ChemRxiv
These are preliminary reports that have not been peer-reviewed. They should not be regarded as conclusive, guide clinical practice/health-related behavior, or be reported in news media as established information. For more information, please see our FAQs.
1/1

Identification of SARS-CoV-2 Cell Entry Inhibitors by Drug Repurposing Using in Silico Structure-Based Virtual Screening Approach

preprint
revised on 12.04.2020 and posted on 15.04.2020 by Shweta Choudhary, Yashpal S. Malik, Shailly Tomar
The rapidly spreading, highly contagious and pathogenic SARS-coronavirus 2 (SARS-CoV-2) associated Coronavirus Disease 2019 (COVID-19) has been declared as a pandemic by the World Health Organization (WHO). The novel 2019 SARS-CoV-2 enters the host cell by binding of the viral surface spike glycoprotein (S-protein) to angiotensin converting enzyme 2 (ACE2). The virus specific molecular interaction with the host cell represents a promising therapeutic target for identifying SARS-CoV-2 antiviral drugs. The repurposing of drugs can provide a rapid and potential cure towards exponentially expending COVID-19. Thereto, high-throughput virtual screening approach was used to investigate FDA approved LOPAC library drugs against both the S-protein and ACE2 host cell receptor. Primary screening identified a few promising drugs for both the targets, which were further analyzed in details by their binding energy, binding modes through molecular docking, dynamics and simulations. Evidently, Eptifibatide acetate, TNP, GNF5, GR 127935 hydrochloride hydrate and RS504393 were found binding to virus binding motifs of ACE2 receptor. Additionally, KT185, KT203 GSK1838705A, BMS195614, and RS504393 were identified to bind at the receptor binding site on the viral S-protein. These identified drug molecules may effectively assist in controlling the rapid spread of SARS-COV-2 by not only potentially inhibiting the virus at entry step but also as anti-inflammatory agents which could impart relief in lung injuries. Timely identification and determination of an effective drug to combat and tranquilize the COVID-19 global crisis is the utmost need of hour. Further, prompt in vivo testing to validate the anti-SARS-COV-2 inhibition by these drugs could save lives is justified.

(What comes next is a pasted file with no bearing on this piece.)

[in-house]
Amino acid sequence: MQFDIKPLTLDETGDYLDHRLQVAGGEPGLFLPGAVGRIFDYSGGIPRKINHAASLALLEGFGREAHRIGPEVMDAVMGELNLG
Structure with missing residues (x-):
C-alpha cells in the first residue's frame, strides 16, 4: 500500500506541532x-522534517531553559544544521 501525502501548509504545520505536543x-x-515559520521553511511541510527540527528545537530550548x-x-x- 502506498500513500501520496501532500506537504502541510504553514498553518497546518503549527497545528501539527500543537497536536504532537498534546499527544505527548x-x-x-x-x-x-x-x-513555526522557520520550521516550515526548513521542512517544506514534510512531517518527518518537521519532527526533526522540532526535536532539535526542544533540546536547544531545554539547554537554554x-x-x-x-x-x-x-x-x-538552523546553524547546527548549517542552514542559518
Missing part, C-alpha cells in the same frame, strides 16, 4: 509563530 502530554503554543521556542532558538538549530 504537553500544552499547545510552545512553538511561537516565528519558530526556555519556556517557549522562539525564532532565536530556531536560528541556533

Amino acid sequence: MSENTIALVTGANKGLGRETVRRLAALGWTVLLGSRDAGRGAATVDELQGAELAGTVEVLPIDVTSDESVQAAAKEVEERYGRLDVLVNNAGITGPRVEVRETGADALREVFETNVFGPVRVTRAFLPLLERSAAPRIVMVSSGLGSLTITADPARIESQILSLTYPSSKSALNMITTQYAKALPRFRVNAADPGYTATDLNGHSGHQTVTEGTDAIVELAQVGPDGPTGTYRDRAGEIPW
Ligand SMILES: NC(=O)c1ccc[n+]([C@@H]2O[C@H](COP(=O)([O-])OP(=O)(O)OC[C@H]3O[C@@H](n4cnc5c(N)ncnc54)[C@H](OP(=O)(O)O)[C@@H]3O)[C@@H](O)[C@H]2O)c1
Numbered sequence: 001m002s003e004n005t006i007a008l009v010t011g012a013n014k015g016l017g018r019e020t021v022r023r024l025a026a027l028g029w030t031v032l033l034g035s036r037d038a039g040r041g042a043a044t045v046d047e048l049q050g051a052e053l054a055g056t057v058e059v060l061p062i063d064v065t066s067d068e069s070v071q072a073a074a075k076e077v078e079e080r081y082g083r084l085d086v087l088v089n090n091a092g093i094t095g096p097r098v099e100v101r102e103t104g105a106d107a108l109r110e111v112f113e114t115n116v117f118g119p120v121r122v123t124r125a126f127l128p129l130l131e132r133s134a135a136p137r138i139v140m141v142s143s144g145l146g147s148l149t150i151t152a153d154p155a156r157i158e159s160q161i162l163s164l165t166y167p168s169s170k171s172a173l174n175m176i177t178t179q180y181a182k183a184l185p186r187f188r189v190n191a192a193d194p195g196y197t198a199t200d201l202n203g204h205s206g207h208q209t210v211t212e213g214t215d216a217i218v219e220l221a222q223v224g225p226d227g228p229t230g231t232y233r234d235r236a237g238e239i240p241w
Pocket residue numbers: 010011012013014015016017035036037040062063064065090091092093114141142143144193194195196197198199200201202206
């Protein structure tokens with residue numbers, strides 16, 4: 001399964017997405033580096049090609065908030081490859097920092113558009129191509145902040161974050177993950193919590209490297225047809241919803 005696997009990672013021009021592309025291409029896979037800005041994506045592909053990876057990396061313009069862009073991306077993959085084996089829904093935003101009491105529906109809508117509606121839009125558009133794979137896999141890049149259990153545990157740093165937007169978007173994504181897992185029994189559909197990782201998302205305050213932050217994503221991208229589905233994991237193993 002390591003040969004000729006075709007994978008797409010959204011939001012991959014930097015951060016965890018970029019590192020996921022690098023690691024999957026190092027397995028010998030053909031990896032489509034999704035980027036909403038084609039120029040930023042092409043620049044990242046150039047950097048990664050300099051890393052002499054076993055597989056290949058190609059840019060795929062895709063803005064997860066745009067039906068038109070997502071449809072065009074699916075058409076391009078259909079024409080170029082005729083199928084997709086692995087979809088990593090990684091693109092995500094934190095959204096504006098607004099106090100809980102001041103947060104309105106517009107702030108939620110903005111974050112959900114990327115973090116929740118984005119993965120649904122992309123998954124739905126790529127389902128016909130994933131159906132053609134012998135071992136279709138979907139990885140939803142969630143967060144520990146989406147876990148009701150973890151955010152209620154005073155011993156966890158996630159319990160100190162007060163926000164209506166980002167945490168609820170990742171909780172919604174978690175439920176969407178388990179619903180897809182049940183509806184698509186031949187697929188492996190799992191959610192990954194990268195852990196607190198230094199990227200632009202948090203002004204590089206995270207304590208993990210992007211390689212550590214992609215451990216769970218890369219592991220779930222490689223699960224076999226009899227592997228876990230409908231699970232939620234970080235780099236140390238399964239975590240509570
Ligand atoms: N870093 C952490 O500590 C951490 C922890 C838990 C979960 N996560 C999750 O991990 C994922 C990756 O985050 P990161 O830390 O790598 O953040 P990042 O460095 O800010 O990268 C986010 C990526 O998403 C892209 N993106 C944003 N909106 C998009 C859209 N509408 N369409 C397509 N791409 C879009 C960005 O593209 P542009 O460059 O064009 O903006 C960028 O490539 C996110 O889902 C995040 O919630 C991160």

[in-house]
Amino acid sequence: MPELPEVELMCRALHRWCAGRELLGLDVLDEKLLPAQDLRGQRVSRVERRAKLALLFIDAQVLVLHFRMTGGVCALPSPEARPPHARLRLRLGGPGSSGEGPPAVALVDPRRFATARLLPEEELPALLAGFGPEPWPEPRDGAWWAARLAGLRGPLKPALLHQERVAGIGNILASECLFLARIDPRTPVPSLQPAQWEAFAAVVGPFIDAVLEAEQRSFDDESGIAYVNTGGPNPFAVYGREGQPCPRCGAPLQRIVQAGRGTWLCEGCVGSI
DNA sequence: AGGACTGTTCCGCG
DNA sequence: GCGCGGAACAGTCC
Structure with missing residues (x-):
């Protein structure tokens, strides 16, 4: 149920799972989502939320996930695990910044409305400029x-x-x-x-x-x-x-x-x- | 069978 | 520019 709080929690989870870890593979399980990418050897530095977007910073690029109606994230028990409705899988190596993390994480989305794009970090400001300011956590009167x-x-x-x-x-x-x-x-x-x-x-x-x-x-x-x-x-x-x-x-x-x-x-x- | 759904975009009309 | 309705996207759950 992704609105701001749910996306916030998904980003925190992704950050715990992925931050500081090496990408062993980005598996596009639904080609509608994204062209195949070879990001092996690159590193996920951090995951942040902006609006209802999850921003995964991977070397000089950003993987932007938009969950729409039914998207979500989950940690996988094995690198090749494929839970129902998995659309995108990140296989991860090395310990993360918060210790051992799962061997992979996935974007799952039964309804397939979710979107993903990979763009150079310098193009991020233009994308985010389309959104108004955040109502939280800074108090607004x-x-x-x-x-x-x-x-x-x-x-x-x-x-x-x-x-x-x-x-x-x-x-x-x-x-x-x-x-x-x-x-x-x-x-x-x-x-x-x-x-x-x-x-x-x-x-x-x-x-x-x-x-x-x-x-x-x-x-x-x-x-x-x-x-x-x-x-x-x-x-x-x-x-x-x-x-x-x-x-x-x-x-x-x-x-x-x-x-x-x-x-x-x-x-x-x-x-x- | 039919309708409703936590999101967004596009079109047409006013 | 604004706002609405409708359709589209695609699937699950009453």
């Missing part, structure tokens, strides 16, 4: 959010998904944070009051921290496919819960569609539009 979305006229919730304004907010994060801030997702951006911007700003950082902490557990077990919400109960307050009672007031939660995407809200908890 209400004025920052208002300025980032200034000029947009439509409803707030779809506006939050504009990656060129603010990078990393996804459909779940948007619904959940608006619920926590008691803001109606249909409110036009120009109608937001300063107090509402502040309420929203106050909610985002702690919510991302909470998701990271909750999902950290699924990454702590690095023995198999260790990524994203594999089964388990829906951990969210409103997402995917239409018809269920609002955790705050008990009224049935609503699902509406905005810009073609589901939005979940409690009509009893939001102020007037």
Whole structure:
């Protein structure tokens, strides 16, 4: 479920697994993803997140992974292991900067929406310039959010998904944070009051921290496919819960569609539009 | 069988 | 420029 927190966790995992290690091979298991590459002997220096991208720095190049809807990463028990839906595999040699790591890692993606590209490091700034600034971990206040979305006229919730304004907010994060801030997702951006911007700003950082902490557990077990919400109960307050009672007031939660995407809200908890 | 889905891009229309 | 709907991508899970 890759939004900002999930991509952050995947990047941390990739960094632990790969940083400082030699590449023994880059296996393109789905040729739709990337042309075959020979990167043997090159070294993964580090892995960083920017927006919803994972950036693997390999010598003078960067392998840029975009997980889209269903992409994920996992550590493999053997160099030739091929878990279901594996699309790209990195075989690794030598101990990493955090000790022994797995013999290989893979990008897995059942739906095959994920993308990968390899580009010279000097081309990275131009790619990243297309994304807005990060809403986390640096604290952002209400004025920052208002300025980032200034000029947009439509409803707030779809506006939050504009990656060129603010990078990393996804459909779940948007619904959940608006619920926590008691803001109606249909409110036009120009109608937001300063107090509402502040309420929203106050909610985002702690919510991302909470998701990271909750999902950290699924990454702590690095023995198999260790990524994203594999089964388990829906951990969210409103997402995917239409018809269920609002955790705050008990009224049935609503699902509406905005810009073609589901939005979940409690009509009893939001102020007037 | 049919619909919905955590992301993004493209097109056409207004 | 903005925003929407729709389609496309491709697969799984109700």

Funding

Indian Council of Medical Research (ICMR: Ref no. BIC/12(26)/2013).

History

Email Address of Submitting Author

shailfbt@iitr.ac.in

Institution

Indian Institute of Technology, Roorkee

Country

INDIA

ORCID For Submitting Author

0000-0002-1730-003X

Declaration of Conflict of Interest

none

Exports